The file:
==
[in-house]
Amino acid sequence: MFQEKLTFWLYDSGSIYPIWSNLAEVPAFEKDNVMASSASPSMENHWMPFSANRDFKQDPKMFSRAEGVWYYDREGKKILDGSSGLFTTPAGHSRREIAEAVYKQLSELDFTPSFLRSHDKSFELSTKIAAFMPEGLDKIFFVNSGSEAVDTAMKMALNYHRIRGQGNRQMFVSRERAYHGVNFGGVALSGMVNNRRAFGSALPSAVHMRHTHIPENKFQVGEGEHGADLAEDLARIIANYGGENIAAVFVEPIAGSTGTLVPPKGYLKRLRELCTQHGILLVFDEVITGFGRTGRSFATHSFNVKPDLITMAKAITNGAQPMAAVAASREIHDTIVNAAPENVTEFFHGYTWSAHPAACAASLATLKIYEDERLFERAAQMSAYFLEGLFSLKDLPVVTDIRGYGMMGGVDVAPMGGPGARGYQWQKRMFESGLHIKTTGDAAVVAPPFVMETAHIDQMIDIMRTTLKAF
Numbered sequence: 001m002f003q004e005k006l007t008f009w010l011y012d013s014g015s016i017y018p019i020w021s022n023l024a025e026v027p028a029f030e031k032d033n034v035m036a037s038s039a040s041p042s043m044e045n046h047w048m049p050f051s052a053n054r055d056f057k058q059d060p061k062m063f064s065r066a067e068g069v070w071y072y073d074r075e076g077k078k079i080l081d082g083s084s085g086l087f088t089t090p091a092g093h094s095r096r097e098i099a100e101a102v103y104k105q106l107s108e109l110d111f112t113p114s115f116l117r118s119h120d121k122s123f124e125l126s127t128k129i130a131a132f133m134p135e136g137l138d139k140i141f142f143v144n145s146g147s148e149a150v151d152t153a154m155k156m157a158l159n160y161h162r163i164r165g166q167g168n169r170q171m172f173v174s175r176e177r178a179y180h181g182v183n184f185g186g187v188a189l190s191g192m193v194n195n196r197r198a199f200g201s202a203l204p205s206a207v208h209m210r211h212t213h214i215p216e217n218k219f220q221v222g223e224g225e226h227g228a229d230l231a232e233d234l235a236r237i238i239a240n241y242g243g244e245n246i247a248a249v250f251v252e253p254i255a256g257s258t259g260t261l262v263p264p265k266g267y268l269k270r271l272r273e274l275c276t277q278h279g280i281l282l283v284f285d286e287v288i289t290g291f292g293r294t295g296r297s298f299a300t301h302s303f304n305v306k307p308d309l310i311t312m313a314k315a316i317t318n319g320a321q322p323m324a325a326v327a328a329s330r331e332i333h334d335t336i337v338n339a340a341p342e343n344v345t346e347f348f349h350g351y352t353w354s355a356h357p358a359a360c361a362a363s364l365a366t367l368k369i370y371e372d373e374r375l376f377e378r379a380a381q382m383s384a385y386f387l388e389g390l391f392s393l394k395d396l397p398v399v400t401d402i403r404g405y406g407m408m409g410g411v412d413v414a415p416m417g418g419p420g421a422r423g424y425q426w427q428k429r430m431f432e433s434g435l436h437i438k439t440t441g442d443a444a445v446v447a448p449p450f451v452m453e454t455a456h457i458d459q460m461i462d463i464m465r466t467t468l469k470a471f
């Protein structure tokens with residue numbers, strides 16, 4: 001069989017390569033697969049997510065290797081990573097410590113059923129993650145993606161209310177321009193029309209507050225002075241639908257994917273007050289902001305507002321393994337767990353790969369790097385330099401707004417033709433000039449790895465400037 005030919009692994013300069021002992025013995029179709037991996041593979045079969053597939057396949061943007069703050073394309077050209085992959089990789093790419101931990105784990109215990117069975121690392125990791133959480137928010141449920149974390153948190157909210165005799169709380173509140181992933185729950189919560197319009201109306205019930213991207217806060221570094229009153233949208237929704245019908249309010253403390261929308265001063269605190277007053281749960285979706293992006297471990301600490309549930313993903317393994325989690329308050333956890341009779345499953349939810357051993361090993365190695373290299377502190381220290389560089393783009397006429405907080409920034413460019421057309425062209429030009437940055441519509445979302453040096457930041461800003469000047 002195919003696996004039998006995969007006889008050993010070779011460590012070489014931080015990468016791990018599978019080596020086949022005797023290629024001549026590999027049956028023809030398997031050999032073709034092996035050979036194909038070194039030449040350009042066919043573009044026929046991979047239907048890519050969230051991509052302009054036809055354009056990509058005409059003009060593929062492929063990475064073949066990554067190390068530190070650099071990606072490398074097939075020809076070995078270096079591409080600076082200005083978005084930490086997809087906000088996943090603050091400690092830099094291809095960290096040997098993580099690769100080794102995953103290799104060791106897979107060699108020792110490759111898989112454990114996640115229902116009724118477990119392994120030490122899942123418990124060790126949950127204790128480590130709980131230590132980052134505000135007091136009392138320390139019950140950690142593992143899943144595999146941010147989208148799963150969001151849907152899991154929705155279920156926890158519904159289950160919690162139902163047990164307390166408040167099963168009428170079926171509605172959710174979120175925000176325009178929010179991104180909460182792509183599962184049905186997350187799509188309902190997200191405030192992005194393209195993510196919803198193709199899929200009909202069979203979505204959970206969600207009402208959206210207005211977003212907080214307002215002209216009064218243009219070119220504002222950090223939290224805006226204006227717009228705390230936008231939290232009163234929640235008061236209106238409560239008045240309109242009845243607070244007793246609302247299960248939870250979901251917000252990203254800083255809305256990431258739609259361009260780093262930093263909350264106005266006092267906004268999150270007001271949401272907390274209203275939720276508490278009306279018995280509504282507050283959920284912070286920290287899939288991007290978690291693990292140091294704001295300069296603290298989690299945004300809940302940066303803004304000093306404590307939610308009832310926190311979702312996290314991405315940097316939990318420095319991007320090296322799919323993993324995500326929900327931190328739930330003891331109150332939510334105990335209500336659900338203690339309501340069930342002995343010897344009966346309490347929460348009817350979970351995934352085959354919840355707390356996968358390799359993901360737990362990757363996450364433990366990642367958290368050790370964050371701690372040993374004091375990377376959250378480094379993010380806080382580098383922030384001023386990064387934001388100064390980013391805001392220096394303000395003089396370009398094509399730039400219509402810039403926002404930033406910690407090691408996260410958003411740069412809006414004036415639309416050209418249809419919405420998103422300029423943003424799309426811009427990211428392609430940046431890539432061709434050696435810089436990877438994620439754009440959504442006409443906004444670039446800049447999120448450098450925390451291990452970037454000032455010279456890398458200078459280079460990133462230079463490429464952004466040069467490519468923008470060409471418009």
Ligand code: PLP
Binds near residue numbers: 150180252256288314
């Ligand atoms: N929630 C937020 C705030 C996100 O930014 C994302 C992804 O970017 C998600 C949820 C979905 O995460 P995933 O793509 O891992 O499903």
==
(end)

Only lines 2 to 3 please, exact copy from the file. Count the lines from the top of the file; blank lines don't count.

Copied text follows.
Amino acid sequence: MFQEKLTFWLYDSGSIYPIWSNLAEVPAFEKDNVMASSASPSMENHWMPFSANRDFKQDPKMFSRAEGVWYYDREGKKILDGSSGLFTTPAGHSRREIAEAVYKQLSELDFTPSFLRSHDKSFELSTKIAAFMPEGLDKIFFVNSGSEAVDTAMKMALNYHRIRGQGNRQMFVSRERAYHGVNFGGVALSGMVNNRRAFGSALPSAVHMRHTHIPENKFQVGEGEHGADLAEDLARIIANYGGENIAAVFVEPIAGSTGTLVPPKGYLKRLRELCTQHGILLVFDEVITGFGRTGRSFATHSFNVKPDLITMAKAITNGAQPMAAVAASREIHDTIVNAAPENVTEFFHGYTWSAHPAACAASLATLKIYEDERLFERAAQMSAYFLEGLFSLKDLPVVTDIRGYGMMGGVDVAPMGGPGARGYQWQKRMFESGLHIKTTGDAAVVAPPFVMETAHIDQMIDIMRTTLKAF
Numbered sequence: 001m002f003q004e005k006l007t008f009w010l011y012d013s014g015s016i017y018p019i020w021s022n023l024a025e026v027p028a029f030e031k032d033n034v035m036a037s038s039a040s041p042s043m044e045n046h047w048m049p050f051s052a053n054r055d056f057k058q059d060p061k062m063f064s065r066a067e068g069v070w071y072y073d074r075e076g077k078k079i080l081d082g083s084s085g086l087f088t089t090p091a092g093h094s095r096r097e098i099a100e101a102v103y104k105q106l107s108e109l110d111f112t113p114s115f116l117r118s119h120d121k122s123f124e125l126s127t128k129i130a131a132f133m134p135e136g137l138d139k140i141f142f143v144n145s146g147s148e149a150v151d152t153a154m155k156m157a158l159n160y161h162r163i164r165g166q167g168n169r170q171m172f173v174s175r176e177r178a179y180h181g182v183n184f185g186g187v188a189l190s191g192m193v194n195n196r197r198a199f200g201s202a203l204p205s206a207v208h209m210r211h212t213h214i215p216e217n218k219f220q221v222g223e224g225e226h227g228a229d230l231a232e233d234l235a236r237i238i239a240n241y242g243g244e245n246i247a248a249v250f251v252e253p254i255a256g257s258t259g260t261l262v263p264p265k266g267y268l269k270r271l272r273e274l275c276t277q278h279g280i281l282l283v284f285d286e287v288i289t290g291f292g293r294t295g296r297s298f299a300t301h302s303f304n305v306k307p308d309l310i311t312m313a314k315a316i317t318n319g320a321q322p323m324a325a326v327a328a329s330r331e332i333h334d335t336i337v338n339a340a341p342e343n344v345t346e347f348f349h350g351y352t353w354s355a356h357p358a359a360c361a362a363s364l365a366t367l368k369i370y371e372d373e374r375l376f377e378r379a380a381q382m383s384a385y386f387l388e389g390l391f392s393l394k395d396l397p398v399v400t401d402i403r404g405y406g407m408m409g410g411v412d413v414a415p416m417g418g419p420g421a422r423g424y425q426w427q428k429r430m431f432e433s434g435l436h437i438k439t440t441g442d443a444a445v446v447a448p449p450f451v452m453e454t455a456h457i458d459q460m461i462d463i464m465r466t467t468l469k470a471f